Our attempt to search for a trail to the wooded area was foiled by a black dog hiding in the bushes. You can’t see it in this picture but it’s there right in the middle under all that fern cover. Friend nearly walked into it when he suddenly spotted a pair of red eyes staring at him. It started barking at us so we made a hasty retreat. We were not going to risk a possibly rabid dog chasing after us!



After walking about for a bit more, nearly melting in the heat, we found an alternative route to the kerangas, passing through a small sugarcane plantation.



Many of the kerangas trees have been cut and the area cleared for planting sugarcane. The plants are most likely planted by sugarcane drink sellers often seen along Kuching roadsides.



No idea what plant this is. I call it the mothball tree hah!



In the wooded area are many Nepenthes ampullaria plants, a species which prefers shadier conditions. I believe this is because the ground pitchers rely heavily on leaf litter and other organic matter found on damp forest floors for nutrients.



A beautifully colored Nepenthes gracilis pitcher.



The wooded area is fringed by dense growths of Ploiarium alternifolium trees, small tree saplings, ferns and other shrubs. P. alternifolium is locally known as pokok somah (somah tree) and the young leaves or shoots are edible (tangy taste). Also known as pokok riang-riang in some parts of the country. Quick to colonize disturbed sandy areas, this small tree species is a common sight in many parts of Kuching.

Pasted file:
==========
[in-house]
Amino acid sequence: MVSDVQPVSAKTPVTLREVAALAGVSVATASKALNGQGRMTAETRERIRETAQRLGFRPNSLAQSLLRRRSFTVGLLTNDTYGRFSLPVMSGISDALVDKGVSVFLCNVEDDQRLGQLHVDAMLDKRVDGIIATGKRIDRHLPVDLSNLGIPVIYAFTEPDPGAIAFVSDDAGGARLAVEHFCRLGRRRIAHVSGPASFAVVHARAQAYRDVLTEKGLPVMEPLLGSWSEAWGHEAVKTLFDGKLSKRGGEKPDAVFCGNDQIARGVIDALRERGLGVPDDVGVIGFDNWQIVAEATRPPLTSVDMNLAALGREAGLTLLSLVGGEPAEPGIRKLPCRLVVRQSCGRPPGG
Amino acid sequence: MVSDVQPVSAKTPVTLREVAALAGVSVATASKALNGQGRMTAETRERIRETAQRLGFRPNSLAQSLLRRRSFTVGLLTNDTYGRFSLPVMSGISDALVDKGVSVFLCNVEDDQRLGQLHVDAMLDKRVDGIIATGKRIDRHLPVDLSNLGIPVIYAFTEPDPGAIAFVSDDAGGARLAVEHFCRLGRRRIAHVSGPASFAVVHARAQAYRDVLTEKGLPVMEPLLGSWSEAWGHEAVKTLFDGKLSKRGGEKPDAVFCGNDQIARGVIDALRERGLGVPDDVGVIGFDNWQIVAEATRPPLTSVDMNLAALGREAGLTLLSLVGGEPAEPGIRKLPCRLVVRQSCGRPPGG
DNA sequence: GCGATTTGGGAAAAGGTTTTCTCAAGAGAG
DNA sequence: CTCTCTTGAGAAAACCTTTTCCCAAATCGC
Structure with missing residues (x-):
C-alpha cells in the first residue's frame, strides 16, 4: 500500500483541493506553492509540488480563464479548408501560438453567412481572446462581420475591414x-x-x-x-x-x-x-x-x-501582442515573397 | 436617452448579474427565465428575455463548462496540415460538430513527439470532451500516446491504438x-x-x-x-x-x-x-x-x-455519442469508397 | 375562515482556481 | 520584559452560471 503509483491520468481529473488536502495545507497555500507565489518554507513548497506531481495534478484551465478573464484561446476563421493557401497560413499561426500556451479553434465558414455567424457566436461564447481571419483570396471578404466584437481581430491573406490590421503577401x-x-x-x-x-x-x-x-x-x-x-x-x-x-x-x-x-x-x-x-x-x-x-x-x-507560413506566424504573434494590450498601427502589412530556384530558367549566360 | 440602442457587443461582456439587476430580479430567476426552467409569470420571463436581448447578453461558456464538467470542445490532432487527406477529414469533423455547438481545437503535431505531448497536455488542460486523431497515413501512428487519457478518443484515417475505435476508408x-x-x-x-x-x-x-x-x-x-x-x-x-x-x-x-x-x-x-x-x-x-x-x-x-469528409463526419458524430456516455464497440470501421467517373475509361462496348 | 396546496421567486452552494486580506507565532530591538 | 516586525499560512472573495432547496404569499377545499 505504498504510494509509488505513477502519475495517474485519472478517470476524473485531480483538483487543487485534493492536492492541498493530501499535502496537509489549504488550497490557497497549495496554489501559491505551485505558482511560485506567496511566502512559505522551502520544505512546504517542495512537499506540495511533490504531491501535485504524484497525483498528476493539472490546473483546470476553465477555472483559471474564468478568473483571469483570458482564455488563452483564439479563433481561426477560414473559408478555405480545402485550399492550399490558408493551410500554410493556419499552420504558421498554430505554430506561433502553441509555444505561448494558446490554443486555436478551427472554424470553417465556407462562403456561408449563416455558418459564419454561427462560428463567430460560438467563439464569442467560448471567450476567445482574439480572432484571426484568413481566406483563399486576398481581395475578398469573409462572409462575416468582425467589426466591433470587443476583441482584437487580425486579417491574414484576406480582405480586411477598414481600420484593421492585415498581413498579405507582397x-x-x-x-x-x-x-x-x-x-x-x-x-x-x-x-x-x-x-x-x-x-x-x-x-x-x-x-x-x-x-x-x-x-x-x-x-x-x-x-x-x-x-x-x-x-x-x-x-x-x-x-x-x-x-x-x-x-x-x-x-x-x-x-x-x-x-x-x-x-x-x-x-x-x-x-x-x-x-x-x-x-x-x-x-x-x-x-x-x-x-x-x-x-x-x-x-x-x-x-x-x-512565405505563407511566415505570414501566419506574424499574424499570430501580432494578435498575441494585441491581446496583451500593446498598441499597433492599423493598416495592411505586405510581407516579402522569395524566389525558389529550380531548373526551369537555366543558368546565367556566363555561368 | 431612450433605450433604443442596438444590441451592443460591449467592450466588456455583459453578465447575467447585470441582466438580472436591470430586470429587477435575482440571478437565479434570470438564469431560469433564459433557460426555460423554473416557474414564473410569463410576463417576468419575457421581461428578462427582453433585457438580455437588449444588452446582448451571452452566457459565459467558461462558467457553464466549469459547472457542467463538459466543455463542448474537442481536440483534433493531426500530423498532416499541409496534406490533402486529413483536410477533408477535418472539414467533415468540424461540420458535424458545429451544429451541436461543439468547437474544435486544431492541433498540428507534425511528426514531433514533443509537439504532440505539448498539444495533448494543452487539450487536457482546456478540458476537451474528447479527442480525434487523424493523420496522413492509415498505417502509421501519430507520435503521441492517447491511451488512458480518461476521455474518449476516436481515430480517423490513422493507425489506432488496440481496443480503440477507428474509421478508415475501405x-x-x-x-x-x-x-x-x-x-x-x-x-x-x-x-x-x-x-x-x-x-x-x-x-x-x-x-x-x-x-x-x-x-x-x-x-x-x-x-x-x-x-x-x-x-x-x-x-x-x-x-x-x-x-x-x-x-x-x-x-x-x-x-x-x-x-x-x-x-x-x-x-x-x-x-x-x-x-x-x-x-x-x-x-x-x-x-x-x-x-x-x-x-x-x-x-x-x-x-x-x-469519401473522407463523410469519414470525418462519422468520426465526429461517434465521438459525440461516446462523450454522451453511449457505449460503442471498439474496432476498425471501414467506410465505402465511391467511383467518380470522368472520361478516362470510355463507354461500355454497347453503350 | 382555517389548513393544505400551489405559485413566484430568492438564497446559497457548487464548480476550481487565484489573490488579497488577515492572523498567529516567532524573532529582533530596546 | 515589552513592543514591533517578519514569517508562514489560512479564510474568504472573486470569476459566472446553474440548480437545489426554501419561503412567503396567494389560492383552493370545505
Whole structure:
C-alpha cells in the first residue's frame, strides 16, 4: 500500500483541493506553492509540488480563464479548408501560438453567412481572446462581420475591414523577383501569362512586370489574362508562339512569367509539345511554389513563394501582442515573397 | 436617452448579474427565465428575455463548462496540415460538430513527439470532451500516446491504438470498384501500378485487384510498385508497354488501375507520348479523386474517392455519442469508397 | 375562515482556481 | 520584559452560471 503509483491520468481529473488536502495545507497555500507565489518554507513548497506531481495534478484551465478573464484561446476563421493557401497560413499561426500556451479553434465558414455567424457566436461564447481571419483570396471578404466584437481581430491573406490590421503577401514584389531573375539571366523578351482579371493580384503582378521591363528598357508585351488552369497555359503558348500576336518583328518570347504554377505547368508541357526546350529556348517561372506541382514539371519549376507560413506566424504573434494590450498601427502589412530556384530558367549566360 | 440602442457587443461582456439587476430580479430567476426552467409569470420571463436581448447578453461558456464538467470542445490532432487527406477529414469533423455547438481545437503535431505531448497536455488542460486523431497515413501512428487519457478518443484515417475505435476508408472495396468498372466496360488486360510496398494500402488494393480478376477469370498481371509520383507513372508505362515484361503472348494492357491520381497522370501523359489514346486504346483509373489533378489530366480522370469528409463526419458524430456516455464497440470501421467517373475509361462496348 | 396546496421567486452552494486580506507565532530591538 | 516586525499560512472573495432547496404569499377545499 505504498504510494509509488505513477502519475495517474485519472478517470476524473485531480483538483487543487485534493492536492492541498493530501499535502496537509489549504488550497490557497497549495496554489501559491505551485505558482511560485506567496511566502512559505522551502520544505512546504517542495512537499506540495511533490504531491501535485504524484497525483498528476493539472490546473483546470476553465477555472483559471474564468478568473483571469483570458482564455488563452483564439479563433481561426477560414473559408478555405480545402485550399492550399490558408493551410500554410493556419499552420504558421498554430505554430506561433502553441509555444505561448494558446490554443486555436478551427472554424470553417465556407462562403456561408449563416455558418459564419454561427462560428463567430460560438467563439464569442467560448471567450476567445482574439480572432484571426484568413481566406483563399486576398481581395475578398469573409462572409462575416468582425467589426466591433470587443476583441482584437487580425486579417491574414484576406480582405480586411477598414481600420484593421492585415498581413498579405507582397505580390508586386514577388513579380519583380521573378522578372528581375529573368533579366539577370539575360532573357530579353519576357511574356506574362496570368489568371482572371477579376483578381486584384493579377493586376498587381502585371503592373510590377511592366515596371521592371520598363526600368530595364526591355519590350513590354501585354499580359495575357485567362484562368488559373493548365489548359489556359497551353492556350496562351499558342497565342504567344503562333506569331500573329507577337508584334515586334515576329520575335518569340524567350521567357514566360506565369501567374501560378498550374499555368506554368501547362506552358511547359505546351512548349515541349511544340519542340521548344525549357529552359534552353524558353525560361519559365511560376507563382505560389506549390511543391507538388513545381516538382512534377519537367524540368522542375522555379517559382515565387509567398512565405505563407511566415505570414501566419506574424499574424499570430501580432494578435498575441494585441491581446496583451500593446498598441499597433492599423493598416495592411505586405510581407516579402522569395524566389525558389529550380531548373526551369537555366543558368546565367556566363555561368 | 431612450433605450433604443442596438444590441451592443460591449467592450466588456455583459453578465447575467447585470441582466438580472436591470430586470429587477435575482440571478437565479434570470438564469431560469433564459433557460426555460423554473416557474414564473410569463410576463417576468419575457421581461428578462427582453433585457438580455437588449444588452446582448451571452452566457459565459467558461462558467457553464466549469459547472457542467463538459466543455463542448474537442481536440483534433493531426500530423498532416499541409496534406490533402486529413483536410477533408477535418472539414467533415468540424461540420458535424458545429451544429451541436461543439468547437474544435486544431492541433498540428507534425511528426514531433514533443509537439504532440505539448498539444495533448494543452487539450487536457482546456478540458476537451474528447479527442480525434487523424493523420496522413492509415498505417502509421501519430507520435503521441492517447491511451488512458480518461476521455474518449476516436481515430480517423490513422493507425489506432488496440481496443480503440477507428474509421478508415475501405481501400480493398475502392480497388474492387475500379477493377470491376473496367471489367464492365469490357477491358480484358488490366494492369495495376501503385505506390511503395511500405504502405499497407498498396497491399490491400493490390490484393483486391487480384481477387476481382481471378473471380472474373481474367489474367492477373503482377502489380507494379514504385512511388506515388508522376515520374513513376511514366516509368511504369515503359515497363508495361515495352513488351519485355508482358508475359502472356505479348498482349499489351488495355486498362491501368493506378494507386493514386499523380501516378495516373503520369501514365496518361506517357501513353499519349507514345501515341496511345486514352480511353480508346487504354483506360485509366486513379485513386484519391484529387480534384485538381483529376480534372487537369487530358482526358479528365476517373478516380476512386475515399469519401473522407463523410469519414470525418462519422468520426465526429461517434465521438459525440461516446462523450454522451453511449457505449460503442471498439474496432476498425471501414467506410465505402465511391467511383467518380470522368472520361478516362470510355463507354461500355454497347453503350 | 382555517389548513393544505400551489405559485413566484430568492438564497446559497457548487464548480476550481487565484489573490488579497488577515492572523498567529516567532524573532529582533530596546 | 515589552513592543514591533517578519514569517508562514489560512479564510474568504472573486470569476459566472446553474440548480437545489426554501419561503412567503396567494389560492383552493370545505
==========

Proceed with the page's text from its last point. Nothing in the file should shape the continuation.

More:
In this stagnant ditch, I found a Ceratopteris species, an aquatic fern. This is a popular plant for the large planted aquaria as when it is submerged, it produces very beautiful light green leaves that spread out and almost glow in bright aquarium lights. Above water, the leaves take on a very different form, being slightly succulent and terete.



A small pool with lots of bladderworts (Utricularia species). Sadly, not a single sundew to be found.



*sigh* lots of other CPs like utricularis but no droseras. About this time, we were ready to give up and head on to a different area.



A burning sawdust mound polluting the air with smoke particles.



Big truck tires which collect rain water and serve as breeding ground for mosquitoes are also dumped here by irresponsible people.



Among all that ugliness was this beauty, a bamboo orchid (Arundina graminifolia). Aruns are very common along certain roads near Kuching and along with another terrestrial species, Bromheadia finlaysoniana, they are quick to colonize open areas with suitable soil conditions.



More Nepenthes mirabilis plants growing among old tires and other refuse.



Interesting pods on a small tree.



Time to head off. Mission failed. We were quite disappointed that we couldn’t find even a small sundew even though huge healthy colonies have been reported growing here before. Perhaps they all disappeared due to a natural disease. Another possibility is that we went at the wrong time since D. burmannii is short lived and may be seasonal. Looks like I will have to wait a bit longer to catch my first glimpse of droseras in situ.


camillenoir said...

"Interesting pods on a small tree. "

Leucaena leucocephala - invasive species from Mexico, spreads like wildfire and very hard to kill.

sarawaklens said...

camillenoir, thanks for the ID and useful info!

weeps said...

I love the Mirabils, it's really huge and beauty, nice trip.